Stable fractures respond well to closed reduction and casting for 6 to 8 weeks. Initial immobilization can be accomplished with a sugar-tong splint.
Typically, unstable fractures:
- are comminuted
- are intraarticular
- have more than 20 degrees of angulation
- have more than 1cm of shortening.
Unstable injuries are more likely to lose reduction and have distal radioulnar or radiocarpal instability and develop subsequent arthritis, producing a weak, stiff, and painful wrist.
Closed reduction is performed with traction provided by finger traps while the fracture fragment is pushed distal and palmar while the forearm is stabilized. Hematoma block anesthesia is often sufficient. The goal is to restore the volar tilt, radial inclination, and proper length to the radius. This is particularly important in younger patients. The volar tilt ideally should be restored to its normal position, but a minimum of neutral or zero degrees of angulation is acceptable.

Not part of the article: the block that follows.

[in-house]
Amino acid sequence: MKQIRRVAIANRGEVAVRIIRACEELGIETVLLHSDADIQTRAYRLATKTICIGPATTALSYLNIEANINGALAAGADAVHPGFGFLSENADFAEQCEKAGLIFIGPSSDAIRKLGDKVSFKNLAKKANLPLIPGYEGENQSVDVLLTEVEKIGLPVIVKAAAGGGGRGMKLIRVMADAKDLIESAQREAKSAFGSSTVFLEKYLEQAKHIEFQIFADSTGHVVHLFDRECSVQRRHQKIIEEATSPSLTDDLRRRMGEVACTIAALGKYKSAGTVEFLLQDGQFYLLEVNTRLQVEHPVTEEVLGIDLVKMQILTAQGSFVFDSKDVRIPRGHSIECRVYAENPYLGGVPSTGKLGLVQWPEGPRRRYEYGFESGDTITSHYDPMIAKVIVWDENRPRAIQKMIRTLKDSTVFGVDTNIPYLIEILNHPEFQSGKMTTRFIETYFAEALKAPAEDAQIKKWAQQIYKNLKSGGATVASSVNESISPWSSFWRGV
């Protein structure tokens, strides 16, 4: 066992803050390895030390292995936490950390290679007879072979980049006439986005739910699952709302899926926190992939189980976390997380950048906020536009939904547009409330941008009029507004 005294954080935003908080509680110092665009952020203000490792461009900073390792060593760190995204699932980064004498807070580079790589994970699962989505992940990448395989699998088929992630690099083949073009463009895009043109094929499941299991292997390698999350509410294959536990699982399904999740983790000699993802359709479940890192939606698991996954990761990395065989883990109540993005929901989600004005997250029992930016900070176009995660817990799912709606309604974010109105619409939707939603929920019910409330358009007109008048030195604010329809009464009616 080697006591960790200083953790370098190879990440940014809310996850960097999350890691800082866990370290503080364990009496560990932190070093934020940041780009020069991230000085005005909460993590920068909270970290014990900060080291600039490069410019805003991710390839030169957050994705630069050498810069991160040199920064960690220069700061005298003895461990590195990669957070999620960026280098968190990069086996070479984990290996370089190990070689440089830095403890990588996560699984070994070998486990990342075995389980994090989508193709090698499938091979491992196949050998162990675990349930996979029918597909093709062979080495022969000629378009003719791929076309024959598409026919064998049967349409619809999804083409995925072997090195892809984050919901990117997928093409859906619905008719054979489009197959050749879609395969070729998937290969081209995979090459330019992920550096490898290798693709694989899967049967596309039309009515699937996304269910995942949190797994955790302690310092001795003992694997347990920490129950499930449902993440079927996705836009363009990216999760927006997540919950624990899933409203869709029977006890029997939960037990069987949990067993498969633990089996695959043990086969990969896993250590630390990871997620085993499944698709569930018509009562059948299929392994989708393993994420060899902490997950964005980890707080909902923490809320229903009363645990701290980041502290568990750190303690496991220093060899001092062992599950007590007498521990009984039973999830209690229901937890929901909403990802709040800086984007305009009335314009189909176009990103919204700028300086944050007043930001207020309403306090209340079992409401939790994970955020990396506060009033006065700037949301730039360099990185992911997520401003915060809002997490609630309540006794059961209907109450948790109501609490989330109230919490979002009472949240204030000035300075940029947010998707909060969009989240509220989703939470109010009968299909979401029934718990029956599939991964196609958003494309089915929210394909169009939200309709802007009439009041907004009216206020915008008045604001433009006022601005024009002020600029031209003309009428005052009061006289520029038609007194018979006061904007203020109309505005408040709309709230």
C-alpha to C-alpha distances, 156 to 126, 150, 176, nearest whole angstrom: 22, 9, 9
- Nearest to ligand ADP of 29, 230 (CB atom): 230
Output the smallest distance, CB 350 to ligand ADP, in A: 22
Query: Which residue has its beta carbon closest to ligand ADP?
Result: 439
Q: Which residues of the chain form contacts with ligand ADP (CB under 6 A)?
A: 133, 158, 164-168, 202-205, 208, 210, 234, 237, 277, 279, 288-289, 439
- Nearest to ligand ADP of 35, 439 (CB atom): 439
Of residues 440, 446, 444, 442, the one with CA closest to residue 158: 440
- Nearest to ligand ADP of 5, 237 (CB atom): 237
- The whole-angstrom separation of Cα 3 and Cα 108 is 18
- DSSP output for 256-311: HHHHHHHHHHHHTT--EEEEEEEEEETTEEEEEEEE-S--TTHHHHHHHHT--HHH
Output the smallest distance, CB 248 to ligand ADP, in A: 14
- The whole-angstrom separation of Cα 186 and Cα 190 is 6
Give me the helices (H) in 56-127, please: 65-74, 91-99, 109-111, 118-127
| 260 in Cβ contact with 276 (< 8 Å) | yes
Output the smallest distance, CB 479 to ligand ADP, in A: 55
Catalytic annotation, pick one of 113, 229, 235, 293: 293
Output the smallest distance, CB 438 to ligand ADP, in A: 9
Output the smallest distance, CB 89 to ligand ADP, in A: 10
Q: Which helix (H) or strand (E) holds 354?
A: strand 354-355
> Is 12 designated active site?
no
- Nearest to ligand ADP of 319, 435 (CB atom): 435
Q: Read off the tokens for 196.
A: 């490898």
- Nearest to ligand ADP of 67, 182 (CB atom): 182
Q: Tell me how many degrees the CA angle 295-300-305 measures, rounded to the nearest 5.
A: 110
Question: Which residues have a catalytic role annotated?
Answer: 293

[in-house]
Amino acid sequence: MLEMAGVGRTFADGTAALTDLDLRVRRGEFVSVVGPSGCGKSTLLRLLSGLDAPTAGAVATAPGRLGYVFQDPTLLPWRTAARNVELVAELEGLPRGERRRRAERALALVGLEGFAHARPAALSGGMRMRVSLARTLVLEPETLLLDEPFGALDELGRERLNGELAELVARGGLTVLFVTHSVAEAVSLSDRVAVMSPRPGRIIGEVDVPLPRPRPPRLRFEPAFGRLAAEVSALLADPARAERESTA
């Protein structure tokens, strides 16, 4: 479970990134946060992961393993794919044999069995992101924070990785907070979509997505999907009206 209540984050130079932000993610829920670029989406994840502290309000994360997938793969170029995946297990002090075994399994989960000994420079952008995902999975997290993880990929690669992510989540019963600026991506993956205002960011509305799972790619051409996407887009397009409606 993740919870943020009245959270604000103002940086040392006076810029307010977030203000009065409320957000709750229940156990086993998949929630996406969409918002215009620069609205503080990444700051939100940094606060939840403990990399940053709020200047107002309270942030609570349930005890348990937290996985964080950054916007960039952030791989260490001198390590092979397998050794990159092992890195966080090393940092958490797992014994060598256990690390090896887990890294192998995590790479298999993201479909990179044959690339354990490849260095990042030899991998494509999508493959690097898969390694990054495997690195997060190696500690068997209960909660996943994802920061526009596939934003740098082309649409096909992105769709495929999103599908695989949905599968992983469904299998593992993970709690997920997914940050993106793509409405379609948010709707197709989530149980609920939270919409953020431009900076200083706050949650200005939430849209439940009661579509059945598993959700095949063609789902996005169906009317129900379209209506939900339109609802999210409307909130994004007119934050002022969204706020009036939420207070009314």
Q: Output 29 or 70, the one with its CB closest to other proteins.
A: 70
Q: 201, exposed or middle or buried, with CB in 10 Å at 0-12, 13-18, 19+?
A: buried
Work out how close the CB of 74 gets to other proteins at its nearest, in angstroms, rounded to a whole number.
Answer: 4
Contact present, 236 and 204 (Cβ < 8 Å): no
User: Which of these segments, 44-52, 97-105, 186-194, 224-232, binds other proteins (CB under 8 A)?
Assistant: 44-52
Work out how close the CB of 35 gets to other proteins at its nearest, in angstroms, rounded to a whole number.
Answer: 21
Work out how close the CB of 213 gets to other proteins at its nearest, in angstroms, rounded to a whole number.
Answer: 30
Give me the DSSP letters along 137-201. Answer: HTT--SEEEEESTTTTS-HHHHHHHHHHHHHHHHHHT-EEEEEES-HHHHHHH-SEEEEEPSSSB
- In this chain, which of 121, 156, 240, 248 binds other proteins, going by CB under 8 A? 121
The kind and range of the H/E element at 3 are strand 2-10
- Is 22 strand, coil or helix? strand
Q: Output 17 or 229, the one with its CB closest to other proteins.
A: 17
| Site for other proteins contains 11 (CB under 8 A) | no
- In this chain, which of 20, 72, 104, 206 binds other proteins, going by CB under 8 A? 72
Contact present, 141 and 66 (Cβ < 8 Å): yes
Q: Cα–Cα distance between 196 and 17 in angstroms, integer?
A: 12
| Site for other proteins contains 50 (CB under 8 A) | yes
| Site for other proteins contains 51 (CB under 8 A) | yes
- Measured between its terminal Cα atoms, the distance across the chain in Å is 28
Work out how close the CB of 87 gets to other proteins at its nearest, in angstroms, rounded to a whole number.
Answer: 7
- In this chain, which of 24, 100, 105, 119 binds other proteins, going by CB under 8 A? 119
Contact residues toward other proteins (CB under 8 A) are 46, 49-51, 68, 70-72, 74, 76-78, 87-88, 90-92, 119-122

Although most Colles fractures can be treated with closed reduction and cast immobilization, unstable fractures may require casting with pinning, external fixation with possible bone grafting, or open reduction and internal fixation. All open and neurovascularly compromised fractures require prompt evaluation by an orthopedic surgeon. Most median nerve paresthesias resolve within four days without surgery.